PC and Kristin Cast are mother-daughter authors best known for the Night house series, written by PC and edited by Kristin at the age of 19. They have lived in the Portland area since 2014. photos courtesy of PC and Kristin Cast
As young adult writers, PC and Kristin Cast don’t disparage their readers.
PC, who taught high school for ten years, said teens would measure up and yearn for more abstract thoughts if you ask them. With that, however, comes ramifications from some parents.
“There are a lot of writers who feel what I’m doing about this, who ignore the whining and crying of parents who say we can’t put sex in our books because, ‘So my teenager will want to have sex. sex! ‘”said PC. “Well, news flash, okay. Your teens don’t have to read my book to want to have sex.
The Sisters of Salem series is the third collaboration between PC and Kristin and the first installment, Spell problem, was released in May 2021. The mother-daughter authors are best known for the “House of Night” series, which PC wrote and which Kristin edited at the age of 19. They have lived in the Portland area since 2014.
Although PC has published both adult and teenage novels, both New York Times Best-selling authors have been an integral part of the YA genre over the years and have witnessed changes within it.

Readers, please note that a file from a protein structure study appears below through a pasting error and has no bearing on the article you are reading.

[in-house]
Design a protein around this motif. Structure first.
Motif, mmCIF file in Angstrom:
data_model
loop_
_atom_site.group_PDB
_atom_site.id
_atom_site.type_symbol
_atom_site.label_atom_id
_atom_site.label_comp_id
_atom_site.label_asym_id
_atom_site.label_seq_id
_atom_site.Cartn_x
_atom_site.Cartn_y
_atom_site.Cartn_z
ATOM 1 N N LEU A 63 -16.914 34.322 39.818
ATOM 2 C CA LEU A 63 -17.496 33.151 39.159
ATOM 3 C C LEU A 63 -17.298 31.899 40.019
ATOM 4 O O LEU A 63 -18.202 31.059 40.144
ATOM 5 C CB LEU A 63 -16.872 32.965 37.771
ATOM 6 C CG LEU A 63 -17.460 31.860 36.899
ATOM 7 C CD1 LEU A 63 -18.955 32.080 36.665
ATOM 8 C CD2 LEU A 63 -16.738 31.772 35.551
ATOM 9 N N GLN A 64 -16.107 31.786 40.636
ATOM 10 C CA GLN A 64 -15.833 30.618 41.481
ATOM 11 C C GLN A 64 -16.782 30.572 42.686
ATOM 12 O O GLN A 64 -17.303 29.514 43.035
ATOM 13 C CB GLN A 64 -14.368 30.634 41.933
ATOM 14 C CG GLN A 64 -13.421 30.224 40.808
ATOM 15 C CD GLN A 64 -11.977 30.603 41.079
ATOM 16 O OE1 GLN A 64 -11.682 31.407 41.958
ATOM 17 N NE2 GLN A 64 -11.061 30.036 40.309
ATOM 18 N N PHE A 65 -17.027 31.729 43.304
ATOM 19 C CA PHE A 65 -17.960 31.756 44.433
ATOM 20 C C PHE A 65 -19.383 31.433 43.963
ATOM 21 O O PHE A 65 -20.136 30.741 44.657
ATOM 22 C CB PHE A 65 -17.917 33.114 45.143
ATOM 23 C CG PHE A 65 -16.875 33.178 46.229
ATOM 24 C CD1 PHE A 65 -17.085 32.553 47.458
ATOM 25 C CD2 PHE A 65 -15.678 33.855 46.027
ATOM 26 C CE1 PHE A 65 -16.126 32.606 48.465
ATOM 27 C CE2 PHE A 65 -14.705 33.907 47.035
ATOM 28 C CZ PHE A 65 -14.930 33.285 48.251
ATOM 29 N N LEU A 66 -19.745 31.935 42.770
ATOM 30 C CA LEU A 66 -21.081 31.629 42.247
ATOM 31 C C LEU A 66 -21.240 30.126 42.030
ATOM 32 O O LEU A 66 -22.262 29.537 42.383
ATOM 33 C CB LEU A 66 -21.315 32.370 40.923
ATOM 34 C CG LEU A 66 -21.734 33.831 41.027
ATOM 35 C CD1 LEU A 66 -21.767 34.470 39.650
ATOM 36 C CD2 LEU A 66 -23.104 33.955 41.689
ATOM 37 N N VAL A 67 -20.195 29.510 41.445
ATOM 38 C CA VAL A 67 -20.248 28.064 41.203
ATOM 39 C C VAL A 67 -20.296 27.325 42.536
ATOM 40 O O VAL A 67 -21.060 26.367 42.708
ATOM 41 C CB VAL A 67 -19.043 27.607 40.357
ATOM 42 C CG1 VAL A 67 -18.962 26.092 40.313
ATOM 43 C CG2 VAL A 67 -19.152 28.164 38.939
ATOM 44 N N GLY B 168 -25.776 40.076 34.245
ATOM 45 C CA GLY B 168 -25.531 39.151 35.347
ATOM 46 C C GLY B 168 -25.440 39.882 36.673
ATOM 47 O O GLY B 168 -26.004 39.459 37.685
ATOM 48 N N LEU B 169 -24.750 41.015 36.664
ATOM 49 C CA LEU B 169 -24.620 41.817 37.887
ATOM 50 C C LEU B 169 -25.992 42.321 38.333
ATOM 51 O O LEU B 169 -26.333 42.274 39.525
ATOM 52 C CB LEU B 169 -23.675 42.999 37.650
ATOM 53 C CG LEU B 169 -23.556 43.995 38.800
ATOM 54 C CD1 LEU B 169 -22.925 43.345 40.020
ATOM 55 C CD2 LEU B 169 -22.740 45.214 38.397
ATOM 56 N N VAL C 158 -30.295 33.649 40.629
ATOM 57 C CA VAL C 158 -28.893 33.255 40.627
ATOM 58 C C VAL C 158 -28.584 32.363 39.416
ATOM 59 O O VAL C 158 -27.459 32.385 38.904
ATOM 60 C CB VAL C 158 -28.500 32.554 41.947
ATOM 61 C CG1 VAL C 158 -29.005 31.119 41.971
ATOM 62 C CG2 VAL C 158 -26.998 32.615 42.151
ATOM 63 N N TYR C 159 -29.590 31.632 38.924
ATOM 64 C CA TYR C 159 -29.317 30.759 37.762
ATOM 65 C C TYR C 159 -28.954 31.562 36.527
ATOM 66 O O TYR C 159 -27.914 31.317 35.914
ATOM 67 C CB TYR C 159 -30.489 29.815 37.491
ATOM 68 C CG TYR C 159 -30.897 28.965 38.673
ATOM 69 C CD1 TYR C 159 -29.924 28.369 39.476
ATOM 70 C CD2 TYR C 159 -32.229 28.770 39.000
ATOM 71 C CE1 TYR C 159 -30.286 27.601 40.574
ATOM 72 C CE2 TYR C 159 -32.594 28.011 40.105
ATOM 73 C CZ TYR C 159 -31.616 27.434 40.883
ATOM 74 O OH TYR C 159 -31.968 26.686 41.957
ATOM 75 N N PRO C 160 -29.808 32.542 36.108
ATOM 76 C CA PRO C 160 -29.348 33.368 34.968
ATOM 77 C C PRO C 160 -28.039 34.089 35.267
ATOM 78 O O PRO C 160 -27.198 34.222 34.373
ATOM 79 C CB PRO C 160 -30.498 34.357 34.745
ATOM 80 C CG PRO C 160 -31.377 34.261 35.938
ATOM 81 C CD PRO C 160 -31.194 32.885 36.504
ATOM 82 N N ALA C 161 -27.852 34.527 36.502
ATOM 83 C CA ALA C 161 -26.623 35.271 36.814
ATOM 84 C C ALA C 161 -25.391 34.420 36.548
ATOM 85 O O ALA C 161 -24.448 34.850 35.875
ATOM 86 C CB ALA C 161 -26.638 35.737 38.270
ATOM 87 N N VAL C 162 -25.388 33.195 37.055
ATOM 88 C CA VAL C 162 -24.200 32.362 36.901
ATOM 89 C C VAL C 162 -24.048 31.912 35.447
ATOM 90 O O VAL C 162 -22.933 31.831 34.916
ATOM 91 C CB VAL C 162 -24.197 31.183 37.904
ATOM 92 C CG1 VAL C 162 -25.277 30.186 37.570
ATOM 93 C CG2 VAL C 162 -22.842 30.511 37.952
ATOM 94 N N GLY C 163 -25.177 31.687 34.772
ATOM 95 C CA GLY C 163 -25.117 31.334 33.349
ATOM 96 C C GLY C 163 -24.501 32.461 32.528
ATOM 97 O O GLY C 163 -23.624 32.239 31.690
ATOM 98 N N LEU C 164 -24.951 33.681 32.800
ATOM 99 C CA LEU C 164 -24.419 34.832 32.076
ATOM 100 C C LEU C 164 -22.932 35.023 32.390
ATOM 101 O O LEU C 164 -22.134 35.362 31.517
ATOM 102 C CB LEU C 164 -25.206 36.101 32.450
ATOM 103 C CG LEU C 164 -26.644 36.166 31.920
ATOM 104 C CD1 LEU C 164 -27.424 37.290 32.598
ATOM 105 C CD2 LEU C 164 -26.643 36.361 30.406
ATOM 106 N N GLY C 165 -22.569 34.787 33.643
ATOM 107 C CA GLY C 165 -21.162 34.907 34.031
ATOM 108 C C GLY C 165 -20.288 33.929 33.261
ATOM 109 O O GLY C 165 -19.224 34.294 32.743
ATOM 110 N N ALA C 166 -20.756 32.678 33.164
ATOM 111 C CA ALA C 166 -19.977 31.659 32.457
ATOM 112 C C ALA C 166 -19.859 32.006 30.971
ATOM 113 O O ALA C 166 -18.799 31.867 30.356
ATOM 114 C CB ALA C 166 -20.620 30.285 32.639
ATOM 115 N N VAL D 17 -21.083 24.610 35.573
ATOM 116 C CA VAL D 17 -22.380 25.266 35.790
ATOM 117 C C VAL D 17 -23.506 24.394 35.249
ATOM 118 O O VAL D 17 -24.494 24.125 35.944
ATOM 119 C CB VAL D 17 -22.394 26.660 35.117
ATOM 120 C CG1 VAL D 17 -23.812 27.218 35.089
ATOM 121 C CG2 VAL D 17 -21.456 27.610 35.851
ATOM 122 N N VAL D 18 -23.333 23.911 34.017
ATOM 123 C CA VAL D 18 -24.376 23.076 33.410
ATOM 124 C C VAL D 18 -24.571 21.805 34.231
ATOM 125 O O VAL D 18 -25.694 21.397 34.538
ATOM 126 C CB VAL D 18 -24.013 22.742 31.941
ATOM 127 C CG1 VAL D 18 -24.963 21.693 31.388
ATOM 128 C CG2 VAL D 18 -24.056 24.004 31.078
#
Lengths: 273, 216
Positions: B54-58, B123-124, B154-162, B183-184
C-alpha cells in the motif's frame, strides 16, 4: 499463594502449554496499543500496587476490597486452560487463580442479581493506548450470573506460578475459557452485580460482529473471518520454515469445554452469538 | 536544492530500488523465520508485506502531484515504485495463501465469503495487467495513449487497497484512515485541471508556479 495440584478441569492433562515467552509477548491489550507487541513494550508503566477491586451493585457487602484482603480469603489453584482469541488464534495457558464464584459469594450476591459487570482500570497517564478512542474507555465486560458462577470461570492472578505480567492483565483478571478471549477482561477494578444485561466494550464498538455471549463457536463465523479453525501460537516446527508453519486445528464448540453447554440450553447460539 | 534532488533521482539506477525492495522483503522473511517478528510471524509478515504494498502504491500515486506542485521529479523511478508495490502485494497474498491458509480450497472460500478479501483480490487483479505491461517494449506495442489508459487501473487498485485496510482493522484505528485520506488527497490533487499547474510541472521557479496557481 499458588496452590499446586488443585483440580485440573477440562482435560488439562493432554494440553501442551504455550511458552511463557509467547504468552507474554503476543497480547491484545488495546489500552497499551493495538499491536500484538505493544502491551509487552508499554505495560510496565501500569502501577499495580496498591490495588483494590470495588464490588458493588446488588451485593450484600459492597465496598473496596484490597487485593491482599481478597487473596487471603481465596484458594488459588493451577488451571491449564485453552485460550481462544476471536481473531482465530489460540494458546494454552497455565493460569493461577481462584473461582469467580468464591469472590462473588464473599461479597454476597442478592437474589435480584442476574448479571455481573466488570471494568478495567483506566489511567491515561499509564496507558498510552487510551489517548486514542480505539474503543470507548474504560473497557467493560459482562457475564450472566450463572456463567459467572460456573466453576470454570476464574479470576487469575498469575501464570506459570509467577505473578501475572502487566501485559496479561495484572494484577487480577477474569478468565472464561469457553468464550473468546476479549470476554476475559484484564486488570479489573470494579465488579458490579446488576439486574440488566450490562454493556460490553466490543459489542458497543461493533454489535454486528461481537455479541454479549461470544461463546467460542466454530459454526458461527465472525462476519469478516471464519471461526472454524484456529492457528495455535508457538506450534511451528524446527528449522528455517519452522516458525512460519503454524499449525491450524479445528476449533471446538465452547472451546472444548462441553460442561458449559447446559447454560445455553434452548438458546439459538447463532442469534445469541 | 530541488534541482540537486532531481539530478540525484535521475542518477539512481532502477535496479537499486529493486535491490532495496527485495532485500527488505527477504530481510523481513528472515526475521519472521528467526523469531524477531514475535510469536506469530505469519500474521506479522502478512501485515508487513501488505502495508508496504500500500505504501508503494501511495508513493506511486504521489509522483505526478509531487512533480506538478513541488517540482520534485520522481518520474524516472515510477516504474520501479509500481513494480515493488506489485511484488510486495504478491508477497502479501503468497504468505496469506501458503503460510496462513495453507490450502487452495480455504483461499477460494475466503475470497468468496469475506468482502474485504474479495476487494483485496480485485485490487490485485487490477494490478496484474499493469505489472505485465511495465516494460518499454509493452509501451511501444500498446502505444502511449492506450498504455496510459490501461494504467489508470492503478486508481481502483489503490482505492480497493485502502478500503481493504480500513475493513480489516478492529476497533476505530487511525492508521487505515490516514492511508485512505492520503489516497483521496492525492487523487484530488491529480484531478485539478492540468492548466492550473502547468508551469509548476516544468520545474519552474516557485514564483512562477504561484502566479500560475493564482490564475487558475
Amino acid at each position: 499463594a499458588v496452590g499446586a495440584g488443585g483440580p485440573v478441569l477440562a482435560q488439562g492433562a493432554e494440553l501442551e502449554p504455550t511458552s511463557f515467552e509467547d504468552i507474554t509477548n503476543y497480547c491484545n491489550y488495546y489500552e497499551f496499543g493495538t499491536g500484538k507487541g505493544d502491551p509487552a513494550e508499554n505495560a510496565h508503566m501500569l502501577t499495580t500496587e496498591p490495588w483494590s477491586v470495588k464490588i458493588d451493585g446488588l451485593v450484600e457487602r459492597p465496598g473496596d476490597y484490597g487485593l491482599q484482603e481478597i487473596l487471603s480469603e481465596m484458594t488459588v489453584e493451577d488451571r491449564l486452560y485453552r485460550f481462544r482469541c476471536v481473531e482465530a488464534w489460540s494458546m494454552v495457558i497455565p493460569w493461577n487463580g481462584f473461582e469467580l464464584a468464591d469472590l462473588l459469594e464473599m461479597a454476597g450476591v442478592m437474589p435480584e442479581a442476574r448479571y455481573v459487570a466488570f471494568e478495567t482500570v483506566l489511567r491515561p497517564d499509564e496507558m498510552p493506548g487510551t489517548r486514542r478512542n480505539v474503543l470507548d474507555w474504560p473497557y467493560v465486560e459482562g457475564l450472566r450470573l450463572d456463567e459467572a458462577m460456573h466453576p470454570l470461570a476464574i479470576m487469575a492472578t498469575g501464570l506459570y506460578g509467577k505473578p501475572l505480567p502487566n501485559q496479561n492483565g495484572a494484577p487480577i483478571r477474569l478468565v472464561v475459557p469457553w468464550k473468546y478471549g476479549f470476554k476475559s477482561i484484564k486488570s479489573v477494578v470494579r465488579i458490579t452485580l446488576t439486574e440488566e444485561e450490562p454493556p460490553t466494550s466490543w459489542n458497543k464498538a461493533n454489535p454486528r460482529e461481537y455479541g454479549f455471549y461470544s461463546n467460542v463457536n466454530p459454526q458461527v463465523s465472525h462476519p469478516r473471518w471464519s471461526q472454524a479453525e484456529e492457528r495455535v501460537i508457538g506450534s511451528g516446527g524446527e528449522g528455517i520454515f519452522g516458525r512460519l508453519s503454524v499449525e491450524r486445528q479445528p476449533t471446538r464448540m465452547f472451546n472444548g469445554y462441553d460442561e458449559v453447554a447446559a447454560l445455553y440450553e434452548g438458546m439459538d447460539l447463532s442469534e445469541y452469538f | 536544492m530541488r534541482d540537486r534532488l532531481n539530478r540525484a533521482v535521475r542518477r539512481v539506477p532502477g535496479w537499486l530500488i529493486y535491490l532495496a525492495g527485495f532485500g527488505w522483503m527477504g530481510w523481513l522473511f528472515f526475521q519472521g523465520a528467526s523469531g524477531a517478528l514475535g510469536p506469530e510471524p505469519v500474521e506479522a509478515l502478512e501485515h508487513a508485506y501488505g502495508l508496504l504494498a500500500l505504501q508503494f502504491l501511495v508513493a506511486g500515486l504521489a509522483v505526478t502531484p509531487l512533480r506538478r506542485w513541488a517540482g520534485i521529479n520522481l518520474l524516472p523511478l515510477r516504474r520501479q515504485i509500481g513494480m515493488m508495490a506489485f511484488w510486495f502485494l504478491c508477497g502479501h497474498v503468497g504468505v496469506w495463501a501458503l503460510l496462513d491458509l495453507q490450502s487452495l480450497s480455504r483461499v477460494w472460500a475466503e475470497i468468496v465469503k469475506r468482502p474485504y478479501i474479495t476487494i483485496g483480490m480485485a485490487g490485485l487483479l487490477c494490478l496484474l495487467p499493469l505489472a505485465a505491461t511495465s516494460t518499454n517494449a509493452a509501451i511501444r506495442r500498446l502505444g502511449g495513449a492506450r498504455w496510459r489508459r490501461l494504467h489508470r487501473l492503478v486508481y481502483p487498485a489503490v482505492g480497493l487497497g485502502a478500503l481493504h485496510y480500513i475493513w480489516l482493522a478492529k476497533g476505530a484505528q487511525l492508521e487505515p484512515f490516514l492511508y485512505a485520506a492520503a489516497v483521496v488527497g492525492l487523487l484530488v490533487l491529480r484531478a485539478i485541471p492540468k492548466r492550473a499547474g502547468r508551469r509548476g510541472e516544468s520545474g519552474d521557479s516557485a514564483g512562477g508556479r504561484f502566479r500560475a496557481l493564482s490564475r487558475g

One of the major changes has been the content of the novels. While editors still act as gatekeepers, Kristin said their grip has loosened on what should and shouldn’t be censored in a YA book; however, she noted that there was still a lot of “disrespect” towards young readers as to what they could handle.
“[Publishers] don’t think that they can handle some things that not only exist in our world, but that people handle very well every day, ”she said,“ and [readers] can also learn characters with different experiences.
While YA saw more diversity with BIPOC and LGBTQ + writers presenting a more diverse portrayal of the characters, and there was more sexual content allowed in the novels, Kristin said there was always not a good image of drug and alcohol abuse.
“Sometimes it feels like we always operate with the belief that young people won’t be affected if adults just don’t talk about it,” she said. “This thought process is not working.”
By the time Kristin graduated from high school two of her peers had died of overdoses and in college she knew more people who had drug and alcohol problems than not. In her twenties, Kristin had her own addiction issues and said she wanted to post to “allow stories to be told, regardless of the main character’s demons.”
Kristin also grapples with mental health issues and has said there is a direct influence on who she is and her lived experiences that are built into her characters. Through them, Kristin explores what it looks like when a character continues on an anger fueled path, as well as when and how the healing process takes place.
For example, in Spell problem, the character Kristin wrote – Hunter – deals with feelings of inadequacy and rage.
“My characters always have, I call it a bit of darkness. but I don’t mean that in a negative connotation, ”she said. “I like to explore more stereotypical negative emotions and how living with them will impact someone.”